Reality TV hit the gym as the Discovery Health Channel Body Challenge 2 recently spent 16 weeks chronicling the sweat and sacrifice of six 20- to 40-something Southern Californians who collectively were carrying 250 extra pounds. Included in the six-part series were challenges such as nosing out the best and worst food choices at an amusement park, the every-episode "Moment of Truth," where contestants faced the scale and body fat analyzer, guided trips to the grocery store with personal trainers and even mall visits with a personal shopper to proudly model tinier clothes. The final episode showed participants triumphantly meeting almost all of their personal resolutions (run up a killer hill, complete a triathlon, perform 20 male push-ups and others more -- shall we say -- difficult to measure like "look better naked"), then pleading their case to four stern judges who awarded a Maui spa vacation to the one they deemed the best life changer.
Described as "a hotshot in the high-pressure world of advertising" with an undying penchant for cheese, 33-year-old Matthew won; he lost 41 pounds, dropped his body fat from 25 percent to 15 percent, quit smoking and hiked the Grand Canyon. Although all the contestants made significant strides, Matthew met every goal, posted arguably the best numbers and transformed himself downright remarkably.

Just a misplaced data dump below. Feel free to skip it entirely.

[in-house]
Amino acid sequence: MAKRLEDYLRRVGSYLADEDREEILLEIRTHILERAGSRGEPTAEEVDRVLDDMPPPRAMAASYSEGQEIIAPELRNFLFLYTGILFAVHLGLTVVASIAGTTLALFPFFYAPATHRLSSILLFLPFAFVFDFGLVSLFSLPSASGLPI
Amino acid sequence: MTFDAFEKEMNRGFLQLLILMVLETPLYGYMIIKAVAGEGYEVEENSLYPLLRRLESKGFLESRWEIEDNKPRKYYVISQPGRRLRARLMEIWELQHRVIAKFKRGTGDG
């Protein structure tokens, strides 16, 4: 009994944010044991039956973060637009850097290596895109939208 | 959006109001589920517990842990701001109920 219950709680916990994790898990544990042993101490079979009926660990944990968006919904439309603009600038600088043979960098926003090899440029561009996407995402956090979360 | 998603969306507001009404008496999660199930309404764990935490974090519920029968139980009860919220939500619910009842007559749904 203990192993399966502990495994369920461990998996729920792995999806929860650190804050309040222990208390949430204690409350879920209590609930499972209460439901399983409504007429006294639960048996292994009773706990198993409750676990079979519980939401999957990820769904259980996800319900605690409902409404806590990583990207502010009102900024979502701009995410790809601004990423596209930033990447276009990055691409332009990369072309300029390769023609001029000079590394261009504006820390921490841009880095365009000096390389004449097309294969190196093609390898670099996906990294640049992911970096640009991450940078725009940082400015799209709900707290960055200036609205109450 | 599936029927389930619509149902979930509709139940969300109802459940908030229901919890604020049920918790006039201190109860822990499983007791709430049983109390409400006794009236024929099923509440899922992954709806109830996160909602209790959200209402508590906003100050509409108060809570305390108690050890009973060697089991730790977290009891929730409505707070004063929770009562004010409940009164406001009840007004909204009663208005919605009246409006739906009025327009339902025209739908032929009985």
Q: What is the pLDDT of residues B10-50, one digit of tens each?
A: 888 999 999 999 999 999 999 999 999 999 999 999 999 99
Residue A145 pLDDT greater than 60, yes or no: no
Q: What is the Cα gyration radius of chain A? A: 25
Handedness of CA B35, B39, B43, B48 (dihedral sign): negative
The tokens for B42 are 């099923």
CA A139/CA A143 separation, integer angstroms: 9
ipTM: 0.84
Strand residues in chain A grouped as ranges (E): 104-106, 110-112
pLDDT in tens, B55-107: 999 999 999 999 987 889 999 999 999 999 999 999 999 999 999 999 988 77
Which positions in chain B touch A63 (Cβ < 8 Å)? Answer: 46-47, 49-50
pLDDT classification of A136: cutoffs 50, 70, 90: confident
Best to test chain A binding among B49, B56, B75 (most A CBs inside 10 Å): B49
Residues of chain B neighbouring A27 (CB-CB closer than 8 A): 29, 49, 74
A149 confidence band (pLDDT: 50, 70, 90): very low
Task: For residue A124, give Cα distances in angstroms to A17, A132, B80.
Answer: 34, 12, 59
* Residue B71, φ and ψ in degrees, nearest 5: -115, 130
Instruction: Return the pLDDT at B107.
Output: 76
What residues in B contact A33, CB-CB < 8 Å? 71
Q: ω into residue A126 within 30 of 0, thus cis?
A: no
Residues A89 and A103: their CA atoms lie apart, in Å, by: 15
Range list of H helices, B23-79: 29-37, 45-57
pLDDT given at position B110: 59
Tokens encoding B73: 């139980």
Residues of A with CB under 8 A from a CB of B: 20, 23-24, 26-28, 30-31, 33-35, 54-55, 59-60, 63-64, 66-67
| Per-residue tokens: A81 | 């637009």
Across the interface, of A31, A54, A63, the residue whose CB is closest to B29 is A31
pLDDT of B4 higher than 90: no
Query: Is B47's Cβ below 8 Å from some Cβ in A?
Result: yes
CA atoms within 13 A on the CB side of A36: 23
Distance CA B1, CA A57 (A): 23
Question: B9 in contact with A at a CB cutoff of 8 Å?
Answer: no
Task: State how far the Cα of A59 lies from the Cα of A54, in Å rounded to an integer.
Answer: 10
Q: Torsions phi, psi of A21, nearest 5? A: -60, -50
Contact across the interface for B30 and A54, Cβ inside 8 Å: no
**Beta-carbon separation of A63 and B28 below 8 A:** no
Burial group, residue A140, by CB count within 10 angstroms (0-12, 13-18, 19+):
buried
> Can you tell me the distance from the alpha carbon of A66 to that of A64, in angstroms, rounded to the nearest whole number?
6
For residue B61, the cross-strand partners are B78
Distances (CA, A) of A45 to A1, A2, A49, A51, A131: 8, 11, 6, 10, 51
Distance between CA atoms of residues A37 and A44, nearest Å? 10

Missed the mania? You can still meet the contestants, check out before and after shots and weight loss tips, and catch all the episodes at www.health.discovery.com.
SNEWS View: Clearly never underestimate what Americans find entertaining. Born skeptics, we at SNEWS really wanted to poke fun at this program. Although there was plenty of silliness -- with teasers like "their loss is your gain," Matthew's preference for "hot" trainers and Kia's dream to become a professional wrestler -- all in all, we admit that good has been done.
The program properly educated consumers that successful weight loss and life change demand true grit without shortcuts. Personal trainers devised and supervised individual workouts, a real doctor measured weight and blood counts and provided sound nutrition advice, and apparently, weight loss supplements were banned, although we don't know how this was enforced. The show even explained things like body fat percentage and triglyceride levels.
The final lesson was that shedding fat and getting fit boast oodles of benefits. We even found ourselves rooting for the contestants a bit -- goofy as some were -- and cheering what appeared to be heartfelt commitments to keep going after the cameras were turned off. And because not everyone accomplished everything they aspired to, the show indeed was believable. We're all for more reality TV if it actually inspires people to get off the couch and start making some healthy changes themselves.